Woman who lied to Winz had better get used to making a buck in India – by begging, maybe

September 23, 2012

It’s not as demanding as being a barista…

Are we supposed to sympathise with a silly woman who lied to welfare officials to get more money?

More of my money and yours, by the way.

As a sob story, accordingly, what this bint did does not amount to much.

But the Herald on Sunday is dining out on it here.

A young mother facing a new life in India has spoken of her regret after telling Work and Income she had split from her husband so she could get a bigger benefit.

Now the family faces an uncertain future as her husband is ordered out of the country.

So – have we got this right? – she did the lying but he is being ordered out.

And she deserves our sympathy – why, exactly?

Or is the story merely intended to serve as a lesson against lying?

Read the rest of this entry »

Hughes’ news about the work test is worth celebrating – but it is subject to an appeal

January 5, 2011

And I'm pleased to say you won't have to work for another 26 years or so...

Taxpayers will be tempted to celebrate on learning they no longer have to fill the trough from which a former gang leader and his family have been slurping for 26 years.

But don’t pop the champagne tops just yet. Darryl Harris – the bloke in question – has three months to appeal against the decision.

Harris, who lives in Christchurch, apparently has been told his benefit will stop from January 10 because “he no longer meets standard eligibility requirements”.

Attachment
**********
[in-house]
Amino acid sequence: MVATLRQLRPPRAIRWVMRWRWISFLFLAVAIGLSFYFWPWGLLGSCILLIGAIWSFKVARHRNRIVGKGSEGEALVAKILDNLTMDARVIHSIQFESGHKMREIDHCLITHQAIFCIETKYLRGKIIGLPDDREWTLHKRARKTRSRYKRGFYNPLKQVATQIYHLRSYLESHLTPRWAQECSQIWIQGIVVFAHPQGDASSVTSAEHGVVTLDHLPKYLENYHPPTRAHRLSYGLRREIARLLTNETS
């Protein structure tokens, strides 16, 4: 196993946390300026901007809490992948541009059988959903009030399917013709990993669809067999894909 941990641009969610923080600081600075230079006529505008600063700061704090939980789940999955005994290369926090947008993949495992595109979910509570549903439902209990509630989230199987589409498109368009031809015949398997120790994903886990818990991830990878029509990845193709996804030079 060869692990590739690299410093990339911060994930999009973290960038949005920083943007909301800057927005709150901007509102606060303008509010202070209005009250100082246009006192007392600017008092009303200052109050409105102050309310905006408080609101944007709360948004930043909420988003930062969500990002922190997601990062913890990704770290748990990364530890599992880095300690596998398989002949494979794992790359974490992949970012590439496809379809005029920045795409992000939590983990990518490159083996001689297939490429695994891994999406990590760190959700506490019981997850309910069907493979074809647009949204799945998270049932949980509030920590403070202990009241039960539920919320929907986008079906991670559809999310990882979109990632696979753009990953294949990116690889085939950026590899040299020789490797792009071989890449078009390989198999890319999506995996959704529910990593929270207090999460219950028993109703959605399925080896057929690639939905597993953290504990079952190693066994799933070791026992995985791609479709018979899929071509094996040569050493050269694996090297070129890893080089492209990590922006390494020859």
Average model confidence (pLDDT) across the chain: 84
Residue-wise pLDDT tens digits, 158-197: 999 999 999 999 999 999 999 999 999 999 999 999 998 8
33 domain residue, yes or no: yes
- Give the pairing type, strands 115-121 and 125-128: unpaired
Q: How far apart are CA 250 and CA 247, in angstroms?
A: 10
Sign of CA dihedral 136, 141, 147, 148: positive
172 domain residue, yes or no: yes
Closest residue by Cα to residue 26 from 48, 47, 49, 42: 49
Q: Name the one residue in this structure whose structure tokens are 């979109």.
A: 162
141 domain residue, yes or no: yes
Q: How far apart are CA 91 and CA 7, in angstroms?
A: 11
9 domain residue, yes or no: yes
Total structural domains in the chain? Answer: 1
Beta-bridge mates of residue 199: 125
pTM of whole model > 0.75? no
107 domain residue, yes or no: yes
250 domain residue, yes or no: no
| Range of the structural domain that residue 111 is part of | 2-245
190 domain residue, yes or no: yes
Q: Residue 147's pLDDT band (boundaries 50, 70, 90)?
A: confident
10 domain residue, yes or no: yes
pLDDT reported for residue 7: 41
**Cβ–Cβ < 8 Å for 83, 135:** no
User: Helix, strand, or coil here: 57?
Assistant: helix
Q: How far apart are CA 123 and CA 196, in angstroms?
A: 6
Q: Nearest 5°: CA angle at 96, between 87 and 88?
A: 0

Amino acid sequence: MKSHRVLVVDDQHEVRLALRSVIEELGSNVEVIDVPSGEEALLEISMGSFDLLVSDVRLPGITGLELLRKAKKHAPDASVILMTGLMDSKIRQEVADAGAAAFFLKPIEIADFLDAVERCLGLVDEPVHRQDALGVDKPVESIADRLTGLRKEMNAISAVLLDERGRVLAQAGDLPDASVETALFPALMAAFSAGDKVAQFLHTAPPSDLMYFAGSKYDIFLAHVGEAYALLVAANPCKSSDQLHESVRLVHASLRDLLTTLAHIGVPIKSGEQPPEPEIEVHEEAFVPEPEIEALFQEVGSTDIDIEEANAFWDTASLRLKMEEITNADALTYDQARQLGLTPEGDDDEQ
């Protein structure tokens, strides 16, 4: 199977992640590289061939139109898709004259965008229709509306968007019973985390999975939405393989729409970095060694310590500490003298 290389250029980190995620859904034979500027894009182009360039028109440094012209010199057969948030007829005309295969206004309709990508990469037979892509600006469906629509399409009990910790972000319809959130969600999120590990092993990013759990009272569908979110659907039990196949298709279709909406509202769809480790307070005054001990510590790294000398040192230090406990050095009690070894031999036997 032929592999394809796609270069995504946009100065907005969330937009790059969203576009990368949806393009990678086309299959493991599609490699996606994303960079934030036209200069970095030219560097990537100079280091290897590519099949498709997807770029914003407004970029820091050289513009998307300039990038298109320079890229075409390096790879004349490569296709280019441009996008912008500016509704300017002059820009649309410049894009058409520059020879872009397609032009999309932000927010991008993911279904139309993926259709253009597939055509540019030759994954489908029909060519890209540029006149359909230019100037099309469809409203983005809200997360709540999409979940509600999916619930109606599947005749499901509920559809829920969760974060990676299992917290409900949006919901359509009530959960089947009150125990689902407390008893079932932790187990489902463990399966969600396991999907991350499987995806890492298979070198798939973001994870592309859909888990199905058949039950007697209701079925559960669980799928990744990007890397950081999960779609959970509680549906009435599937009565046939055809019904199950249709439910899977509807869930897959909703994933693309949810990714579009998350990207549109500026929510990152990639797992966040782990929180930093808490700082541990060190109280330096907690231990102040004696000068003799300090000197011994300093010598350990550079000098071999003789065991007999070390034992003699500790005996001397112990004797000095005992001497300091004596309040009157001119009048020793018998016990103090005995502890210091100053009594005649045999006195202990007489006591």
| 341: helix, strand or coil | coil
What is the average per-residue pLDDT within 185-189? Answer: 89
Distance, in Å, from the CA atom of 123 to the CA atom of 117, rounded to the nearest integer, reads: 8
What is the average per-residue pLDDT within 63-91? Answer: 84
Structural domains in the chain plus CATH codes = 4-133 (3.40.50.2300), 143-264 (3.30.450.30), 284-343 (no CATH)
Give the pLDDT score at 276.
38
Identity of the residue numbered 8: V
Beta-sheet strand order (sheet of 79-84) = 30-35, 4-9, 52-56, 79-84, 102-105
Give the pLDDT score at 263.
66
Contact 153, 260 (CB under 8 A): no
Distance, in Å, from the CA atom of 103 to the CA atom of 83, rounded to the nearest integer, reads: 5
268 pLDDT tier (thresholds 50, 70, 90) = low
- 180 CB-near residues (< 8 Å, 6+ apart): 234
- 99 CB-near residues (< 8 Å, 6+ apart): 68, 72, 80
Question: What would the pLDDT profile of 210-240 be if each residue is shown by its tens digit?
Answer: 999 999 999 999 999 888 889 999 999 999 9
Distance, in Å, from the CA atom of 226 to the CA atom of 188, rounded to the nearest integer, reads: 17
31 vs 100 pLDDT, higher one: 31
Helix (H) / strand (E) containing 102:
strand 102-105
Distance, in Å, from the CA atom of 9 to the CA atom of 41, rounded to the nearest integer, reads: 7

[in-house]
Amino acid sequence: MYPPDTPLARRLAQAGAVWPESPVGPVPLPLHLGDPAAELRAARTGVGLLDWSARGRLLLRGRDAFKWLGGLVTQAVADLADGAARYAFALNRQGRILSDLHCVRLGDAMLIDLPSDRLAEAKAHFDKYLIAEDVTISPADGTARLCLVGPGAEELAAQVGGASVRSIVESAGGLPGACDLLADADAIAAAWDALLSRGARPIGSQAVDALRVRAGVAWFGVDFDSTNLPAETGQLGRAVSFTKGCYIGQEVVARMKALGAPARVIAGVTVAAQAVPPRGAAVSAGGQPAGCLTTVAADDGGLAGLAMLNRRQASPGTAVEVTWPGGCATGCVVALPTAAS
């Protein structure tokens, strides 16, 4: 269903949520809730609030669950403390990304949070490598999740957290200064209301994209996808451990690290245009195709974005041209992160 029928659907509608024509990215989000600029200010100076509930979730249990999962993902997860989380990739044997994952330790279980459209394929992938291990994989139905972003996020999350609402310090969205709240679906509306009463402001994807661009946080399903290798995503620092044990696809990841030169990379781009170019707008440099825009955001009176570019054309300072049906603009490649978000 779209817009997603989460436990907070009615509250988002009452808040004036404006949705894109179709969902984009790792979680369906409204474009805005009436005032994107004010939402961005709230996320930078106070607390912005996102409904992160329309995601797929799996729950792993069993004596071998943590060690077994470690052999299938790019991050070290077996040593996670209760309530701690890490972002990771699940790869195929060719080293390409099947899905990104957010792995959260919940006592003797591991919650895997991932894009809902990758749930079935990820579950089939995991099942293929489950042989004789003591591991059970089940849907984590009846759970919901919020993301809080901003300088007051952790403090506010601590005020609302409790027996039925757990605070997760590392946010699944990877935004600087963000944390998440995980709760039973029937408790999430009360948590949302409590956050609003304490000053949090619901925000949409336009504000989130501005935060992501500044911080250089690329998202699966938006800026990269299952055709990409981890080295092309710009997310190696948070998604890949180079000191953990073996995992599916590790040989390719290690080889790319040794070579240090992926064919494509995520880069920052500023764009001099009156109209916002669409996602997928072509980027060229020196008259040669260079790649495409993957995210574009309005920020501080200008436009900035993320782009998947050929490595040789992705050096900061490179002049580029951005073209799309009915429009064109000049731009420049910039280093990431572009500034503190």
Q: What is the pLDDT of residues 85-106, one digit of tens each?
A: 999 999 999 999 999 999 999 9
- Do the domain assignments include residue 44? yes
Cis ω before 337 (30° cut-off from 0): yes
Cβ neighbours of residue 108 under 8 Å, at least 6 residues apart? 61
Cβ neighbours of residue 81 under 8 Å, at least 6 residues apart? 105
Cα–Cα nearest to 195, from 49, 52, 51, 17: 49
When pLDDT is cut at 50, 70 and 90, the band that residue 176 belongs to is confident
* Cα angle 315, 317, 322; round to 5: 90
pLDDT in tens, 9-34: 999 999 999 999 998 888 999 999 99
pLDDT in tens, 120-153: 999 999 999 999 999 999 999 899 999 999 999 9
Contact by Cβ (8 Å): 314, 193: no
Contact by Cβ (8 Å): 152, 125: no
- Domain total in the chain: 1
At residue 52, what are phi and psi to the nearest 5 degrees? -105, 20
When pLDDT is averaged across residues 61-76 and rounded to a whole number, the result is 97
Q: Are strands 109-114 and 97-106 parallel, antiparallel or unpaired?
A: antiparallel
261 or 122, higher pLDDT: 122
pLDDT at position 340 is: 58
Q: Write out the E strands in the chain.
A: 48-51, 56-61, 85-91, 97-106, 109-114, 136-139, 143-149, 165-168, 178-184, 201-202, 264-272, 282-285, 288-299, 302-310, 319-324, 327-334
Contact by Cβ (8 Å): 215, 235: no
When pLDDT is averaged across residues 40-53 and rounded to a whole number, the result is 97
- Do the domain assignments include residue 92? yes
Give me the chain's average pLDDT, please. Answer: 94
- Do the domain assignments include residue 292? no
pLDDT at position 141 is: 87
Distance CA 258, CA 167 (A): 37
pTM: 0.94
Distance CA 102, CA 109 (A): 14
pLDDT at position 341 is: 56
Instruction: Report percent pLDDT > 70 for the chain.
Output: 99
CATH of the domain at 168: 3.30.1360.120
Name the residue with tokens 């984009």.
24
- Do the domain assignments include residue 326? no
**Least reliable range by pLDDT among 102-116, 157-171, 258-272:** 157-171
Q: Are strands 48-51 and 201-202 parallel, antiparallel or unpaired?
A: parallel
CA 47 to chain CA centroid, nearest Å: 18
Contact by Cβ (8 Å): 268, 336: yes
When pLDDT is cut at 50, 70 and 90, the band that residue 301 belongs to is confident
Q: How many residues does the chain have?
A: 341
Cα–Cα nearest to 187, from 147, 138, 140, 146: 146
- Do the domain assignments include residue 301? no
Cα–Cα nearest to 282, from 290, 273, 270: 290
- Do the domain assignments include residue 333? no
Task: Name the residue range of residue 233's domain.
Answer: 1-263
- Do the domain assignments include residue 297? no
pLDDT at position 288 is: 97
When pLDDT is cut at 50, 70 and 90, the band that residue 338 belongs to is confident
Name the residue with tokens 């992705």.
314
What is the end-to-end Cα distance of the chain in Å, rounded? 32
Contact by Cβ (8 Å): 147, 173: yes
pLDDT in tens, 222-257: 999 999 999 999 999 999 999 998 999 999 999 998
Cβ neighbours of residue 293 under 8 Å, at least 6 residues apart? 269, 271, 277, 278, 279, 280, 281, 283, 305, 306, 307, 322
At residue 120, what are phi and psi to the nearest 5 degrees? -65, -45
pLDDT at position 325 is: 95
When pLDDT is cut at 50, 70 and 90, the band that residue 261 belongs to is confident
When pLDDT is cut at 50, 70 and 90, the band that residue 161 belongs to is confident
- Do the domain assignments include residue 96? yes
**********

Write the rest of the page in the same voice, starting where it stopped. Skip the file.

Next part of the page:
The information comes from Social Development Ministry chief executive Peter Hughes and is published at Stuff today.

The decision comes at a time when – nudged along by the likes of Alf behind the scenes – the Government is taking a harder line on benefit claims, including work-testing for sickness benefits from this May.

Stuff reminds us that this Harris feller and his wife, Marcia Robins, made headlines a year ago when it was revealed they had been claiming unemployment and sickness benefits continually since 1984.

They had received $30,000 in special-needs grants since 2000, including payments for new tyres for their 2007 Chrysler saloon and to fence a swimming pool at one of their Christchurch properties.

Bugger that.

Many of Alf’s mates can’t afford a 2007 Chrysler or properties with swimming pools.

Read the rest of this entry »

Crusher puts the squeeze on Govt loans to disqualified drivers while Bruiser takes a learning tour

November 3, 2010

Alf applauds the Acting Social Development Minister, Judith Collins (fondly known as Crusher among her admiring colleagues).

She has moved promptly on learning that some disqualified drivers have been given loans by Work and Income to apply to the courts for a temporary driving licence.

In other words, taxpayers were providing interest-free welfare loans for drunk or dangerous drivers.

Read the rest of this entry »

No, it aint bollocks – taxpayers are enabling beneficiaries to over-ride being banned from driving

October 31, 2010

Check out Alf’s previous post. It featured a set of balls.

Pretty balls they are too.

Today Alf wonders if they belong to Paula Bennett, because it seems she has lost hers.

Read the rest of this entry »

Burgeoning burger business good for jobs

June 25, 2009

A deal struck between Work and Income and McDonalds sounds great to Alf, which means we can count on it being dumped on by Greenie grouch Sue Kedgley. He’s surprised she hasn’t issued her condemnatory press release already.

Under the deal, thousands of beneficiaries could soon be flipping burgers, to provide customers with food they want regardless of Kedgley’s daft dietary demands.

The urge to munch burgers is so great – it seems – that McDonald’s is aiming to open 30 new restaurants over the next five years.

Social Development Minister Paula Bennett revealed the agreement during a select committee meeting at Parliament yesterday. The agreement will provide up to 7000 unemployed for the fast-food chain’s restaurant expansion plans over the next five years.
Read the rest of this entry »